Sound waves behave differently in a straight conic environment than they do in a conic environment that also has a bend or curve in it. That is an acoustical fact.
But, what does that mean to a player? Does it affect “playing” at all? The answer is yes.
And the reason is easy to understand. The player’s oral cavity, the mouthpiece chamber and the horn’s internal chamber make up an acoustical environment. Change one part and all changes, to one degree or another. Change horns and you will notice the difference, one from the next. Change mouthpieces and the same is true. Change players and, again, different.
But the subtle change that is introduced by the bend or curve is insidious, perhaps, because it is subtle. If you play enough soprano saxes and enough good soprano mouthpieces, you will start to get the point because you will begin to notice the changes. I first encountered this when my very first soprano saxophone, a curved vintage Conn, took a tumble. The neck was bent down slightly, kinking just a bit underneath. I took it to a great repairman and he made it look like new.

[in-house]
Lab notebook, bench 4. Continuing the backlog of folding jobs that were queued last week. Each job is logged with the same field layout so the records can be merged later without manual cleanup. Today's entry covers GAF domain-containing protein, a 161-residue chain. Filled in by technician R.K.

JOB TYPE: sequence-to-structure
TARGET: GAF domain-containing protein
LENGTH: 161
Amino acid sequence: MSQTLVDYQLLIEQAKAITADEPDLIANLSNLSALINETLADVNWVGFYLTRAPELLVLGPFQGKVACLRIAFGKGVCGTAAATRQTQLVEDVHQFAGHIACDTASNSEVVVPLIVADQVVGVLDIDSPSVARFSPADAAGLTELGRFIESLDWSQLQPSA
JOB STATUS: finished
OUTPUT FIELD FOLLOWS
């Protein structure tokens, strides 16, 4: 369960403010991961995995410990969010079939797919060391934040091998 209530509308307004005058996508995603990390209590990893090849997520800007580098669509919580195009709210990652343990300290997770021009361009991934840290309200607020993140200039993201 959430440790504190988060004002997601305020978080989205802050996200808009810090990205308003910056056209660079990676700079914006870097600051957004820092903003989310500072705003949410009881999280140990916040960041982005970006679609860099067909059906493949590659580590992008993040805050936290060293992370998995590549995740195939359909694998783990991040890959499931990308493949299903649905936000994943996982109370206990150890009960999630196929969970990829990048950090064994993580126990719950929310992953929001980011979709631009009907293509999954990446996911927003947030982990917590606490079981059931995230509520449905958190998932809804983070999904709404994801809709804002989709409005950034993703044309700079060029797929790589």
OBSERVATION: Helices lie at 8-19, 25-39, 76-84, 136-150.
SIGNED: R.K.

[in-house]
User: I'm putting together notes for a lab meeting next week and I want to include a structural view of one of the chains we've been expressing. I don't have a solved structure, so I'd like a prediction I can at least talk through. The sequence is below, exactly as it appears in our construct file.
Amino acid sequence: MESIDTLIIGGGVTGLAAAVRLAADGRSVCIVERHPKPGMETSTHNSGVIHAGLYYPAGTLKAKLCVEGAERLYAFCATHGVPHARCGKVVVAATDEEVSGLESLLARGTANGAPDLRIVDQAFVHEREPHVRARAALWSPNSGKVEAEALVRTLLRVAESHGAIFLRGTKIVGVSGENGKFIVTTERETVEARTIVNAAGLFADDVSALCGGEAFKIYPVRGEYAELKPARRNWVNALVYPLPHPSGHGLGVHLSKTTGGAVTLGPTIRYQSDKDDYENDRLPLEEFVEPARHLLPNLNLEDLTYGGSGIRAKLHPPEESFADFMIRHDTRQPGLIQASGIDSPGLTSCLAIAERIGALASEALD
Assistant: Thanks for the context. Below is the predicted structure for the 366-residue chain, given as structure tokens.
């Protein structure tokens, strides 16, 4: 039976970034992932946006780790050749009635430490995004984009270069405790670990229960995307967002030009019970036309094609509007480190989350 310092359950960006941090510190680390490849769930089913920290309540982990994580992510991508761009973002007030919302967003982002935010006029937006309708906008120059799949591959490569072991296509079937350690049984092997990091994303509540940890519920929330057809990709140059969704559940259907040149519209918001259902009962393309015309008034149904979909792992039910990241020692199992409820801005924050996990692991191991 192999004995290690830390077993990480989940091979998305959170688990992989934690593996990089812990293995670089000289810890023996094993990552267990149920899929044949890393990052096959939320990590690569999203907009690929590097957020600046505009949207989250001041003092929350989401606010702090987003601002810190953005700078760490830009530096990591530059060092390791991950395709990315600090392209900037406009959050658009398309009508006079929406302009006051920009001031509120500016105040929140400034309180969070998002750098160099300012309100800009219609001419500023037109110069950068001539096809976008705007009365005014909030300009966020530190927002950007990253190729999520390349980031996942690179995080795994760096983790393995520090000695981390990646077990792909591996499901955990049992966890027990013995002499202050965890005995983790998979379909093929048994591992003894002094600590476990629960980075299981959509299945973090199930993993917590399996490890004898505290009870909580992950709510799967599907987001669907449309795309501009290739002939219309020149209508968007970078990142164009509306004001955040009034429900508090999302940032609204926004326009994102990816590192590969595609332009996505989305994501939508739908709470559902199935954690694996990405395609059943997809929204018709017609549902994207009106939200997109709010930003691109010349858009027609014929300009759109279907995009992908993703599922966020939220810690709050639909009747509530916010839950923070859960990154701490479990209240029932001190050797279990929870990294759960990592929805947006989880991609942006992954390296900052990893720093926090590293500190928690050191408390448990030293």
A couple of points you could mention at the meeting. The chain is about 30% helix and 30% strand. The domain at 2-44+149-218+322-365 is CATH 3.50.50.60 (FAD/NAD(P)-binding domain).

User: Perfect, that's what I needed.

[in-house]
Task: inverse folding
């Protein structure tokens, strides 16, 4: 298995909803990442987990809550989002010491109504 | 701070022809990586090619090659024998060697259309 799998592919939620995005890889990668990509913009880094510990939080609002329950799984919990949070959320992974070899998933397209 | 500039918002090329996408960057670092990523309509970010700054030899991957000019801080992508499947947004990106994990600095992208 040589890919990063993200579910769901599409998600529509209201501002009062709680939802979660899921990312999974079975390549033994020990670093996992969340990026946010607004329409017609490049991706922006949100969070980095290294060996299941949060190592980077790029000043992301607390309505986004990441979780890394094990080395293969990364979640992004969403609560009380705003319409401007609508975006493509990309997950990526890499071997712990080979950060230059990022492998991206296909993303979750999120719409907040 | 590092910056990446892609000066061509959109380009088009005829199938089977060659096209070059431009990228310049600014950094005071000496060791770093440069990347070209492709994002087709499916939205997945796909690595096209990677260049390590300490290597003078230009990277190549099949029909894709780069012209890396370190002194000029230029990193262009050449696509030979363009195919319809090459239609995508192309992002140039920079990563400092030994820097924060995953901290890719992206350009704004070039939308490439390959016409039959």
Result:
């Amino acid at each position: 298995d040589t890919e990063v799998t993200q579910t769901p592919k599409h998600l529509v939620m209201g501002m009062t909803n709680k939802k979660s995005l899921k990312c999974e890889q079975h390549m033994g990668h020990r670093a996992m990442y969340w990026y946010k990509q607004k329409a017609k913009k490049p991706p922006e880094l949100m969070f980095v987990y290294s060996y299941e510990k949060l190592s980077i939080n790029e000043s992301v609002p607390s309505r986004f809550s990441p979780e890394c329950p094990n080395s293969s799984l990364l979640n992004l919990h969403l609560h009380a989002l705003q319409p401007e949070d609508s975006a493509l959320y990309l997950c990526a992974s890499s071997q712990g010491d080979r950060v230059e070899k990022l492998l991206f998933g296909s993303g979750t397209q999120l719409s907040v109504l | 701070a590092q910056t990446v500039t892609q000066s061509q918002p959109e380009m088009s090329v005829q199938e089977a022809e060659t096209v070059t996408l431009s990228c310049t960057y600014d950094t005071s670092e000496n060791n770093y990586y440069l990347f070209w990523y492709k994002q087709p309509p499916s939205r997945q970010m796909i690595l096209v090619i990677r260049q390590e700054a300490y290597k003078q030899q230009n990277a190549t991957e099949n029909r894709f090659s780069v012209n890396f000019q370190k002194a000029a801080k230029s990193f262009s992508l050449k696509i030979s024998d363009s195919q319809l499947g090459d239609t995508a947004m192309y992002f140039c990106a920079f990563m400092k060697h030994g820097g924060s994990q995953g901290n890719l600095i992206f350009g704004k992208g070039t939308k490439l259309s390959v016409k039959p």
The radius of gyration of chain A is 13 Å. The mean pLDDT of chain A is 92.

But, it never played the same, and I knew it. I actually bought another horn and traded that Conn to a pawnshop for a marimba and $200 in cash in 1974.
I know now that the neck was just “different”, not damaged. But back then, I thought my world had come to an end, really.
All these years later, I’ve come to understand that bent or curved necks on soprano very often require modifications to the mouthpiece to play evenly and fully. I make those mods all the time and I make new mouthpieces with chamber aspects specifically for players that prefer bend or curved necks.
Know also that the precise amount of “bend” or “curve” counts for a lot. A very small change in angle can and does have a dramatic effect on the way a sound wave propagates.
Check out the post about MISSING LINK IN ACTION. There is a very telling aspect to that player’s experience.